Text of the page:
Finally, there will likely be changes or updates that you'll need to make in your grant application case (the document that is the 'body' of any grant application that you send out) as the year is ending.

The end of the calendar year is a busy time but if you keep a to do calendar and a list of actionable items - you'll keep on top of the work. Once you realize that your work is going to get done, you will be able to enjoy this time of year. Happy, happy, and merry, merry! Best wishes in the new year!

Tuesday, December 12, 2006

Grant Writing Work, Jobs, and Contractors

Perhaps you're considering a new career and want to look into writing grant proposals for a living. Let me give you some information and suggestions....

This is actually how I got into professional grant writing and fundraising. After graduate school, from experience I'd had with small town local organizations, I saw that the most effective public administration, protection, education, and the most dedicated care for any resource, cause, or project occurred at the local level. I was intrigued by grassroots work. Most of my mother in law's career has been in the non profit sector, so I asked her some questions. Based on what I said I enjoyed in grad school she encouraged me to look into grant writing.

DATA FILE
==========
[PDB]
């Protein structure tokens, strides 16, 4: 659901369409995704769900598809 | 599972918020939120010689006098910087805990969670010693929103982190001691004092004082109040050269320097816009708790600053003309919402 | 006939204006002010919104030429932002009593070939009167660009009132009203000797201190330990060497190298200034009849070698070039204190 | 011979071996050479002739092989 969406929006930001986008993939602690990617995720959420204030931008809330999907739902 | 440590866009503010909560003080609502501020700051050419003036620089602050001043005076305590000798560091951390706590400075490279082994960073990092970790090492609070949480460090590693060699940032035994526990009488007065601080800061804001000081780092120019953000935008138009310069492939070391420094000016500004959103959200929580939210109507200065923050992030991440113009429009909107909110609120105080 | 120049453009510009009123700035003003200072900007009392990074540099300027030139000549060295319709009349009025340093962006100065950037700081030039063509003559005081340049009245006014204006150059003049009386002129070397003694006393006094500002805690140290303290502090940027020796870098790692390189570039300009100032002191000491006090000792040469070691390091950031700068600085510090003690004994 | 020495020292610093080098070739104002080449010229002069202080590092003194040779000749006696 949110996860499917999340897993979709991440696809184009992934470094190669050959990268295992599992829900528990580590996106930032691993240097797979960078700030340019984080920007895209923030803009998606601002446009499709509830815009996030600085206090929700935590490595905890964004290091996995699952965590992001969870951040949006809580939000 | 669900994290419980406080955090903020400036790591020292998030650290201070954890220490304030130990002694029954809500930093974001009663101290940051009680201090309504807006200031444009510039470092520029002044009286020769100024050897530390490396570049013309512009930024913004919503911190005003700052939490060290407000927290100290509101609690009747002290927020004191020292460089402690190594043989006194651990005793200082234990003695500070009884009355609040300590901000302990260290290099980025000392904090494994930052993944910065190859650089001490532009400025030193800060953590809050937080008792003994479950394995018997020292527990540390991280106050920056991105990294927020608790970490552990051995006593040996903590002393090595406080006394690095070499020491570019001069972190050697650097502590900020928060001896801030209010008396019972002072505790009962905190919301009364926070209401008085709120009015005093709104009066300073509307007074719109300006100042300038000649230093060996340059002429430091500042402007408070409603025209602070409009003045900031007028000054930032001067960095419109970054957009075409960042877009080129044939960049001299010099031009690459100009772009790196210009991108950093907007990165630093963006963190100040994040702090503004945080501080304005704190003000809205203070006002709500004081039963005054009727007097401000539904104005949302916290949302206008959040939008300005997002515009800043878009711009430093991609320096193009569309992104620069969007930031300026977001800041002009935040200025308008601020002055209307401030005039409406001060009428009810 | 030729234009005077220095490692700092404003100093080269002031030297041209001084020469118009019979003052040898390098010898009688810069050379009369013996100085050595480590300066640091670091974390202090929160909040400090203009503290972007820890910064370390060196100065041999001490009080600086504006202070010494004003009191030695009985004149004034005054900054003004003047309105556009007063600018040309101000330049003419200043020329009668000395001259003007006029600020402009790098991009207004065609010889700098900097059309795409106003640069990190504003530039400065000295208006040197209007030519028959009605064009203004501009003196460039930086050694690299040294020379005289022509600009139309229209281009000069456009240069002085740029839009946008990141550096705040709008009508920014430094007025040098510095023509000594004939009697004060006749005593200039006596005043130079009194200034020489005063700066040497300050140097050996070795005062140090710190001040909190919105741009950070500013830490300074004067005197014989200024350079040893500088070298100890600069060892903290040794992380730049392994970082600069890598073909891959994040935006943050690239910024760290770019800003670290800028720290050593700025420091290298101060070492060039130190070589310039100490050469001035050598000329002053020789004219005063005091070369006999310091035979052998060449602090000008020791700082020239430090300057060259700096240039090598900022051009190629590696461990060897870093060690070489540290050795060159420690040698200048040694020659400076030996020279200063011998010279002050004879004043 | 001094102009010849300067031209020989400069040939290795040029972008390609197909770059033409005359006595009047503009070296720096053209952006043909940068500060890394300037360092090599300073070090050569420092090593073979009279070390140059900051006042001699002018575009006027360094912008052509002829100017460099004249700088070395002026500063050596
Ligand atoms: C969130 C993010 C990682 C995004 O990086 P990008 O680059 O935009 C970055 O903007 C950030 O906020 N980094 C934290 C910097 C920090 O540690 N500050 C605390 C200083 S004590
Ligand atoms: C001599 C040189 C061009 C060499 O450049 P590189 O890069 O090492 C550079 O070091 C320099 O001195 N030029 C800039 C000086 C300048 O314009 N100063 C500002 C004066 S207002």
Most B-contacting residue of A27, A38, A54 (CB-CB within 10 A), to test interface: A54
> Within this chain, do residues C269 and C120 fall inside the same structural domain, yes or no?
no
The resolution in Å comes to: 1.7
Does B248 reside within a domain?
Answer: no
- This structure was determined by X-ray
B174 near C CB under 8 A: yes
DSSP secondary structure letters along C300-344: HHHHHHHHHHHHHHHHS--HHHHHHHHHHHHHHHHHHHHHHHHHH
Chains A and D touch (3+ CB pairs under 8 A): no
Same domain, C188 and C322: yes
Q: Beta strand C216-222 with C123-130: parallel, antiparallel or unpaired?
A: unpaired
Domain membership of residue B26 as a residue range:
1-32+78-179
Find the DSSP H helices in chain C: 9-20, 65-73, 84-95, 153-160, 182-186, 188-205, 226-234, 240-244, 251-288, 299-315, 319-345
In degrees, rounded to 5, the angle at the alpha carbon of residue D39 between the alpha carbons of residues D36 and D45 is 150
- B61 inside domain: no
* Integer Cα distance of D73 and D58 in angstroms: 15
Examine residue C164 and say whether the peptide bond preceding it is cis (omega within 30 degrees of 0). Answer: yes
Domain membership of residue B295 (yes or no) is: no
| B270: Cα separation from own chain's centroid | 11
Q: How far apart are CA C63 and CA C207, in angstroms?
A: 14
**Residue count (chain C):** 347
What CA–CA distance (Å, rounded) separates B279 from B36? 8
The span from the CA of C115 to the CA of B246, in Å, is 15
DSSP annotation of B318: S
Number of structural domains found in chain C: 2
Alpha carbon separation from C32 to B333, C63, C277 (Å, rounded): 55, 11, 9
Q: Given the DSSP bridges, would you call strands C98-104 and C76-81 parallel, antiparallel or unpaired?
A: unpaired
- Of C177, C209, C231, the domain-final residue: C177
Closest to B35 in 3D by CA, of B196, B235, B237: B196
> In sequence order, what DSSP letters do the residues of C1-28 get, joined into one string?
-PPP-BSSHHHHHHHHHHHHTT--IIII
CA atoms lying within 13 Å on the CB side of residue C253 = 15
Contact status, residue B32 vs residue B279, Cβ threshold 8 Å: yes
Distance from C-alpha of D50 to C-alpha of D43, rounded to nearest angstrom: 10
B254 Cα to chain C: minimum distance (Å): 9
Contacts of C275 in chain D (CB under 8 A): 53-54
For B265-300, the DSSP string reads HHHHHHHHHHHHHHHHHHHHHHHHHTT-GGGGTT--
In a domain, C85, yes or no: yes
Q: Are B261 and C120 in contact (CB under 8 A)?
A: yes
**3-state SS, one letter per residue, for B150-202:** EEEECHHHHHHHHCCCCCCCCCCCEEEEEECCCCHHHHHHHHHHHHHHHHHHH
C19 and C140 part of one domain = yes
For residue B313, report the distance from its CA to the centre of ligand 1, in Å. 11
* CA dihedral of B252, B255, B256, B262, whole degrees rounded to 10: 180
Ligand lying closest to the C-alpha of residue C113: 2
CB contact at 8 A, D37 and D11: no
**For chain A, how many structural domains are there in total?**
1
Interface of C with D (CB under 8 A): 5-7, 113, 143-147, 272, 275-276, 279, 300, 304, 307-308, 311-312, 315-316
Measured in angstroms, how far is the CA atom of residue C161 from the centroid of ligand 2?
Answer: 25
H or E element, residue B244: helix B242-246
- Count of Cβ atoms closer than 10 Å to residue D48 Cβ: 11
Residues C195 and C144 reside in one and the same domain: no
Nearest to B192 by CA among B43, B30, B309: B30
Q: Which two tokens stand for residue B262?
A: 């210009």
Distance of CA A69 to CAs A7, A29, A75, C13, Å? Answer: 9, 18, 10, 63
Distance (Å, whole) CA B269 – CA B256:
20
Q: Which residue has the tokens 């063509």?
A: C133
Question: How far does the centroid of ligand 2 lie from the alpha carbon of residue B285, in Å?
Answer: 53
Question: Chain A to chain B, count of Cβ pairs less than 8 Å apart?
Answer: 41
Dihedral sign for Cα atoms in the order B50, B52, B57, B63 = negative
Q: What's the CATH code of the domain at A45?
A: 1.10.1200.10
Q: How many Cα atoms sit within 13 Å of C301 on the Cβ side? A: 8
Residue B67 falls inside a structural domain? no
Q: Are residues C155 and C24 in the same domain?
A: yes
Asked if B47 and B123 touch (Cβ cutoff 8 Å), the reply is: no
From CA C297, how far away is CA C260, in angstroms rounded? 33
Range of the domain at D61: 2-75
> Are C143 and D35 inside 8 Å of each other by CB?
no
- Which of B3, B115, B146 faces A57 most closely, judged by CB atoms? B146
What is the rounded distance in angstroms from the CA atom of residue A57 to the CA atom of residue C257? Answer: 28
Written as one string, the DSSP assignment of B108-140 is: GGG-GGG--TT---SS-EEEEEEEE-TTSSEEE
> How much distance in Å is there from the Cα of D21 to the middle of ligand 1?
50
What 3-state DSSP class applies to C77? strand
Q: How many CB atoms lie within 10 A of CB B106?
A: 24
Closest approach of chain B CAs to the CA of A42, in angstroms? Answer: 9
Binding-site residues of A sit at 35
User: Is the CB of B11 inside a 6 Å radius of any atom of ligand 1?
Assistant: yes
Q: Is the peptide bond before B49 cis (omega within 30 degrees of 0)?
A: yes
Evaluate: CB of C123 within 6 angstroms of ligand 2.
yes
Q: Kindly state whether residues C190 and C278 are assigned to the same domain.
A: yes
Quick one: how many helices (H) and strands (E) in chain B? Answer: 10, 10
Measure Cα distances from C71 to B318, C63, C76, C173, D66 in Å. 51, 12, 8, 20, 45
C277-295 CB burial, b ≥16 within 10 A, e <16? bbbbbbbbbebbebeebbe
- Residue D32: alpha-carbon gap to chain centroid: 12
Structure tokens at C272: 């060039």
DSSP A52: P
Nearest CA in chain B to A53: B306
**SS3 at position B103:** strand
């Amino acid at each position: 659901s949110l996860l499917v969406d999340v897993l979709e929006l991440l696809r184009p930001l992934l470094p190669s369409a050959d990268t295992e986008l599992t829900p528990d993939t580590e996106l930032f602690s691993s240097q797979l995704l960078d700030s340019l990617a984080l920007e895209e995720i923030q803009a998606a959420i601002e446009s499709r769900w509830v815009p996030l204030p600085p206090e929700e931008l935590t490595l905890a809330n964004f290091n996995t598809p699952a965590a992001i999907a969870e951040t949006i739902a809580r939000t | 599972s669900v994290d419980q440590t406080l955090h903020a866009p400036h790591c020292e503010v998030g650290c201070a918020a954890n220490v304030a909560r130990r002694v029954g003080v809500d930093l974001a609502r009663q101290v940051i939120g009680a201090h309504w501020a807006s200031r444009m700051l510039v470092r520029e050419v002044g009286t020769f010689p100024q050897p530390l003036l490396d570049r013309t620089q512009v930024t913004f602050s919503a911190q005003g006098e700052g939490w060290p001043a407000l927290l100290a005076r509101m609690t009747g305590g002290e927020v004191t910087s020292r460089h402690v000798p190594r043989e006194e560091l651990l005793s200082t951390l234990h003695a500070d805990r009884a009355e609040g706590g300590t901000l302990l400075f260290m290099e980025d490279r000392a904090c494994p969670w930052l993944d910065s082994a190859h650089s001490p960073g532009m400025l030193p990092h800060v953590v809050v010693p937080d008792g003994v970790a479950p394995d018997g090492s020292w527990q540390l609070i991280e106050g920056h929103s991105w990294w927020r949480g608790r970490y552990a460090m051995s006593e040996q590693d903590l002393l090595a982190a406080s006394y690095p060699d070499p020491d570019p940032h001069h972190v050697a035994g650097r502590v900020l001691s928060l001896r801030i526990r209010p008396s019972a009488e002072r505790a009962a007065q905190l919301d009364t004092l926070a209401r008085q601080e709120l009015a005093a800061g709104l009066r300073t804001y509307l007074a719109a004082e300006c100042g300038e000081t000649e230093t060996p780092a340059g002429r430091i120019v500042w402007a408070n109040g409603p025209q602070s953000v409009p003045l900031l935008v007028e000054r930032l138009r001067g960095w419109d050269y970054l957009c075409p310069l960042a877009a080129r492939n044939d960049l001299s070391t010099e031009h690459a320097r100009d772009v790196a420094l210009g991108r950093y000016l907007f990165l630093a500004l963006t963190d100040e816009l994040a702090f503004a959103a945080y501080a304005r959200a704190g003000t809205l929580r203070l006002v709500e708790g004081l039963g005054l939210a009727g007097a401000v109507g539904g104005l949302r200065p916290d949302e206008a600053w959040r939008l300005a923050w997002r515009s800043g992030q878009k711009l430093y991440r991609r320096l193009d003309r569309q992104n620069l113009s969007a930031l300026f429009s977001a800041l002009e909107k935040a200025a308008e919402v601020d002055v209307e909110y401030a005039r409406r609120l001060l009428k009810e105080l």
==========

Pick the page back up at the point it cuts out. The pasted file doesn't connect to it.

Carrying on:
If you come from a background where you have demonstrated organization, strong listening and communication skills, excellent schedule management, a strong ability to keep deadlines, and if you love to read, write, and research; you are well suited to be a grant writer. For instance, generally, entrepreneurs, lawyers, office managers, educators, bookkeepers, and folks with a high level of management and follow through do well in this field.

If this sounds like work that you'd enjoy and if the required skills are ones that you pride yourself on having and enjoy using, then read on!

First, think about who you know that works in the non profit sector and take them out for a coffee, or call them up, and ask them basic questions about the non profit world. If you have concerns about how much work is available ask about your local non profit scene. Are there many agencies? How many of each size non profit organization exist in your region? Tiny orgs are run by volunteers only. Small agencies employ one or two part time staff only. Medium size non profits are staffed. Large non profits are likely a regional or national organization. This is important because if there are hundreds of tiny non profits in your region, but only ten or so medium and large agencies, jobs may be hard to come by. How many grant writers are available to non profits? If there are a lot in your region, don't give up - consider your willingness to volunteer grant writing services after a long drive or over the Internet. What are the pay ranges and benefit packages that he/she's heard of, locally? Do they have any experience with or contacts working in fundraising? Do they know of local reputable fundraising or grant writing affiliations that you could check out? Could they arrange for you to conduct a quick informational interview with their contact? Etc.